I confess I was at first a bit frustrated by the sudden end, but I trust the deep quality of the prose here. That tells me that Toibin knows what he’s about, and his insistence that the story has ended means it must have. And I see nor that ending reinforces the beginning: Eilis has made a new life for herself. It isn’t perfect, and it certainly doesn’t answer all her dreams. But it is an accomplishment, and it does promise a great deal of happiness.

I feel a pang for Eilis as she leaves Ireland once again at the close of the novel, but I know she’s off to a real and a human life as well. She’s made her choice. She might have made others, but there’s no guarantee she’d have been happier. She’s living a rich and human-sized life, one full of ordinary experiences amplified only through brilliant story-telling. And it’s our privilege, for the duration of this brief novel, to live that life alongside her.

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Monday, October 24, 2016

Review: Pietr the Latvian

Pietr the Latvian Pietr the Latvian by Georges Simenon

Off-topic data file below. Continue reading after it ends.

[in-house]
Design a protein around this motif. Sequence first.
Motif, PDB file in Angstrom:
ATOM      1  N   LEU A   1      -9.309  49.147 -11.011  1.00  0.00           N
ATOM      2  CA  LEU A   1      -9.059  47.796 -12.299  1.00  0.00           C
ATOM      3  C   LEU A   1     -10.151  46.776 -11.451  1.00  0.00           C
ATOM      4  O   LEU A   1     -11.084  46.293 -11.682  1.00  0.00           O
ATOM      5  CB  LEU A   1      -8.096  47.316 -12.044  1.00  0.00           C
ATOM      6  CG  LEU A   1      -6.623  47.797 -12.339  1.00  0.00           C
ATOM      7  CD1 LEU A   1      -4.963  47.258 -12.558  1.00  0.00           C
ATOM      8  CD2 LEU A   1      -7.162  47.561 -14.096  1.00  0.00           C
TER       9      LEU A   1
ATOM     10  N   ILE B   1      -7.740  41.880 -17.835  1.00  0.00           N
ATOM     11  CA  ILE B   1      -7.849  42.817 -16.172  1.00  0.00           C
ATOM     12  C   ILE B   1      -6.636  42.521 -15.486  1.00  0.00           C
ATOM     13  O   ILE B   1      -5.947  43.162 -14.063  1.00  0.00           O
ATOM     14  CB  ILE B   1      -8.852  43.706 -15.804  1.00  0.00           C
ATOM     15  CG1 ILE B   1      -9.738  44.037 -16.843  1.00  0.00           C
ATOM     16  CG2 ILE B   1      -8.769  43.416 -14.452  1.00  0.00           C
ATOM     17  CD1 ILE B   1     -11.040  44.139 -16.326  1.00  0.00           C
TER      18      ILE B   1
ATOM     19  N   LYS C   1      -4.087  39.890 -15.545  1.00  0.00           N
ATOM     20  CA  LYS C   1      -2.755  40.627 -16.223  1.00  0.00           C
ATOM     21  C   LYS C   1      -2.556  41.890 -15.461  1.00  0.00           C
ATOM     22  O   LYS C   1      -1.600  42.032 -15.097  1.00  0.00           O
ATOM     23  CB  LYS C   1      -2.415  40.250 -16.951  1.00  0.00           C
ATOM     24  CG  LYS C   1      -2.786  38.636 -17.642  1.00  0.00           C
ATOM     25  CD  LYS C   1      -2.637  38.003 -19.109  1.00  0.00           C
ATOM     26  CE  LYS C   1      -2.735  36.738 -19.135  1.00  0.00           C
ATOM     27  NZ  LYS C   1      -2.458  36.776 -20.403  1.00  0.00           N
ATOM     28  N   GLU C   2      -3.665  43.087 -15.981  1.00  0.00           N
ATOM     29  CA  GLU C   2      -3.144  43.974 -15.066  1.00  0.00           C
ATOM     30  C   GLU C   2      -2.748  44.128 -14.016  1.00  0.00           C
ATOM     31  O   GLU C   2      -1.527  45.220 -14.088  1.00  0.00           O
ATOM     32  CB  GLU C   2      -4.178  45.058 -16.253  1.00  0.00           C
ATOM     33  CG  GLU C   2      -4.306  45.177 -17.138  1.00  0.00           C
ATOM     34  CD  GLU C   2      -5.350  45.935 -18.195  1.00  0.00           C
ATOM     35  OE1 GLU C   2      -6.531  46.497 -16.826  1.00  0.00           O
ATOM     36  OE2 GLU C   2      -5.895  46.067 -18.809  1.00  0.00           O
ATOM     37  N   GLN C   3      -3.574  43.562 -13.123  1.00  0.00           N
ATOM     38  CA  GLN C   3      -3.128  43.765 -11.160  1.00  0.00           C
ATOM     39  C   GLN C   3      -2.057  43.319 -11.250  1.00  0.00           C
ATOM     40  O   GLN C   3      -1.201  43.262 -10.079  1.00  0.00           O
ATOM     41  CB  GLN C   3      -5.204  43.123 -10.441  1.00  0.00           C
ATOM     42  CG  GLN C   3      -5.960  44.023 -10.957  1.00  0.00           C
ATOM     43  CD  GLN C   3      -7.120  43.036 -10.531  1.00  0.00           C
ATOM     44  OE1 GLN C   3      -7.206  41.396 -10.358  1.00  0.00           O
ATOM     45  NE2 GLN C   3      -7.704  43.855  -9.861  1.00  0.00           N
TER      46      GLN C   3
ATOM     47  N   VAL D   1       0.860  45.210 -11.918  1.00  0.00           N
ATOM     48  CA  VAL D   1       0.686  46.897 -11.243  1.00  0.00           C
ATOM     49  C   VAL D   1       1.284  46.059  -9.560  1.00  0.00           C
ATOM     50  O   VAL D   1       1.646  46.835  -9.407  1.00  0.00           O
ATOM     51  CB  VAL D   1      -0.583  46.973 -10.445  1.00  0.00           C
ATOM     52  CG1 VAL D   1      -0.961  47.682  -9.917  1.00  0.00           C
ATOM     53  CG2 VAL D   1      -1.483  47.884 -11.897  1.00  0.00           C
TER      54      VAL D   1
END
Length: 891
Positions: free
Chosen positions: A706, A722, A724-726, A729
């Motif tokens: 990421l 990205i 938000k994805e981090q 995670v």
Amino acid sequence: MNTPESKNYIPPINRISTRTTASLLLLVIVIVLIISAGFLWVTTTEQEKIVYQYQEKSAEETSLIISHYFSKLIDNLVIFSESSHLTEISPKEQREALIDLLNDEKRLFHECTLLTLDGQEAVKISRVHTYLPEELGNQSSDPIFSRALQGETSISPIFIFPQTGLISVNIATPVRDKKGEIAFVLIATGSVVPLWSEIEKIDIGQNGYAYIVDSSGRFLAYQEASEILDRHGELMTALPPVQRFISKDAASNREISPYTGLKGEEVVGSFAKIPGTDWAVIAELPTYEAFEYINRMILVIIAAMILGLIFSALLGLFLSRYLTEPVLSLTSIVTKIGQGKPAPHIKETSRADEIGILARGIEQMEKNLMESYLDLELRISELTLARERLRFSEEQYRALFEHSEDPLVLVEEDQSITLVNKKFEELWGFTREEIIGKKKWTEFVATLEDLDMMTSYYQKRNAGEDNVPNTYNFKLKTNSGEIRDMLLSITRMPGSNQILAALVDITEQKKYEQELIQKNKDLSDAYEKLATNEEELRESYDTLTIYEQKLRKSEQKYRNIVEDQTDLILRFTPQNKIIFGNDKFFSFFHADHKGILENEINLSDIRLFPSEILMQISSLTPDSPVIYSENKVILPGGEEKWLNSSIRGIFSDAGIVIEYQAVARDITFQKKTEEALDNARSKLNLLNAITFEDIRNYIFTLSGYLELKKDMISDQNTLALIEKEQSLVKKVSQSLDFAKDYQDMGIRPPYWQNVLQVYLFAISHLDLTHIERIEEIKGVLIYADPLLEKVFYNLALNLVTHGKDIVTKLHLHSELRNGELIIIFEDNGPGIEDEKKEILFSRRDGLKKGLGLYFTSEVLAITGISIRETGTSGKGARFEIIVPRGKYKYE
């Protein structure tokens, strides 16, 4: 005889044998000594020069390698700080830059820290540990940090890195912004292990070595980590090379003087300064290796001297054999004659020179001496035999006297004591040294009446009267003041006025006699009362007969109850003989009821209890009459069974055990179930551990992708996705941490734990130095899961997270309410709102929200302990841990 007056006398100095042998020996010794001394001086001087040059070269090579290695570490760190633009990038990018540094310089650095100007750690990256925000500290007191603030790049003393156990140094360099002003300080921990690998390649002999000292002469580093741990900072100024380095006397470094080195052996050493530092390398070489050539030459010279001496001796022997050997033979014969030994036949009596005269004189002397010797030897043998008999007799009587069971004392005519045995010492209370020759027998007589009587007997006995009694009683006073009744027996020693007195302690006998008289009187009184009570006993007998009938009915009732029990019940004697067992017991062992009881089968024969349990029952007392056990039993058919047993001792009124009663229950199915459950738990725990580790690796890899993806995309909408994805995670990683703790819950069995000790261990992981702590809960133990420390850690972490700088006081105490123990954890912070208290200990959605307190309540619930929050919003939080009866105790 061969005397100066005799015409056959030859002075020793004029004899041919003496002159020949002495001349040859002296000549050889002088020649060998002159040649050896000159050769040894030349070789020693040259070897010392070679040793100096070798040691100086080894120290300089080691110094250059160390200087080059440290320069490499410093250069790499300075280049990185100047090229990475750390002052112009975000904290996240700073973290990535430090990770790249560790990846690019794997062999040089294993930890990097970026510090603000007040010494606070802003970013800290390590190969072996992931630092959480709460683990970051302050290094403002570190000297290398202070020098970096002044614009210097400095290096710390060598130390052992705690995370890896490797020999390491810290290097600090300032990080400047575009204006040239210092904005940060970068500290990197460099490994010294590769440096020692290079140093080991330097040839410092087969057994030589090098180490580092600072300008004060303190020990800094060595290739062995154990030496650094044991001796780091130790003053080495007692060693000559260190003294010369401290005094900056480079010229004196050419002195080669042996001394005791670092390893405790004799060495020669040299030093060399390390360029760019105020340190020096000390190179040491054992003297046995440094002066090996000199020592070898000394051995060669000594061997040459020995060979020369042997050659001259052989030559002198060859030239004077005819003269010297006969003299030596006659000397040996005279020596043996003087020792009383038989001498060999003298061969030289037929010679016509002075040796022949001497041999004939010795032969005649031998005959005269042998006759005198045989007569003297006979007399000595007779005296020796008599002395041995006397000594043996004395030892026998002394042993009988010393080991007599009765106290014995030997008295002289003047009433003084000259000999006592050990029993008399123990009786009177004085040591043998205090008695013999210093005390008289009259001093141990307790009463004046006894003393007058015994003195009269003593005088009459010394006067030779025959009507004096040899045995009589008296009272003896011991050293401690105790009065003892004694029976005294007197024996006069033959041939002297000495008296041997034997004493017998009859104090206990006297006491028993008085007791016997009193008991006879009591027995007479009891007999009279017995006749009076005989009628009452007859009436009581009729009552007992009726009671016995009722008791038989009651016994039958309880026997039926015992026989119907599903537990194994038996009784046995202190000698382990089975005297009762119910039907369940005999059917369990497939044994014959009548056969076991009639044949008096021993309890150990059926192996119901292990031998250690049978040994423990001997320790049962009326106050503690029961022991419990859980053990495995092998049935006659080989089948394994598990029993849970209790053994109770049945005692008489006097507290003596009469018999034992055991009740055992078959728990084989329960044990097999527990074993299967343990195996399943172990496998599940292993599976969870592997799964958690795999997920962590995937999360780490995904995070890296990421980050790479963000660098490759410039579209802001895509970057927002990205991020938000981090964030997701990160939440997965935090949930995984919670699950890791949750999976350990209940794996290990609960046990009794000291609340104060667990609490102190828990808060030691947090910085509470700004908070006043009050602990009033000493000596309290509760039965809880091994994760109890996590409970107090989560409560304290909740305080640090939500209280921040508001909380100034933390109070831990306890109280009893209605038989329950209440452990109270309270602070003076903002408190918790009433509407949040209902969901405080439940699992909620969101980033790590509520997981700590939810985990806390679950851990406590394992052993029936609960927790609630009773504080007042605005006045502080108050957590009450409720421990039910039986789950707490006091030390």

My rating: 2 of 5 stars

Reading this novella is like watching a Hitchcock film. You can see a lot of the skill it took to make it, but you can also see – a little sadly in my case – how dated its narrative technology is.

In many respects, this is the dawn of the police procedural. We get to see Inspector Maigret as he sets out, not to solve a crime, but to prove the title character is guilty. We know the formula today, and it’s often done well in television and film, but it’s new here. There’s some historical interest in seeing Simenon unfold (presumably for the first time anywhere) the possibilities of the procedural. For instance, we get the occasional scene from the antagonist’s perspective. And there are striking moments when discarded aspects of life come into significant play: such as when Maigret relies of a call to a hotel switchboard of the sort that no longer exists.

But, truth be told, this feels a lot longer than it is. Just as Hitchcock “builds suspense” by showing us certain shots longer than we expect, the method feels unsuited for a 21st century reader. My take on Hitchcock has long been that his mastery in the 1950s consisted of waiting just a beat too long, of making his viewers hold their breaths for an instant before giving them what they expected or shocking them with what they feared. Hitchcock doesn’t work for most of today’s viewers because, with our shortened attention spans, we’re waiting what feels like a half dozen beats too long. The rhythm is off, so out of sync with our expectations that there’s less suspense than what-are-you-waiting-for irritation.

Simenon is not about suspense, but a good part of this one is about watch-me-show-you-how-it’s-done. We get, for instance, a quick refresher about the fact of “hit men,” professional killers hired by organized crime. That may have felt like esoteric information when this came out; now it feels condescending.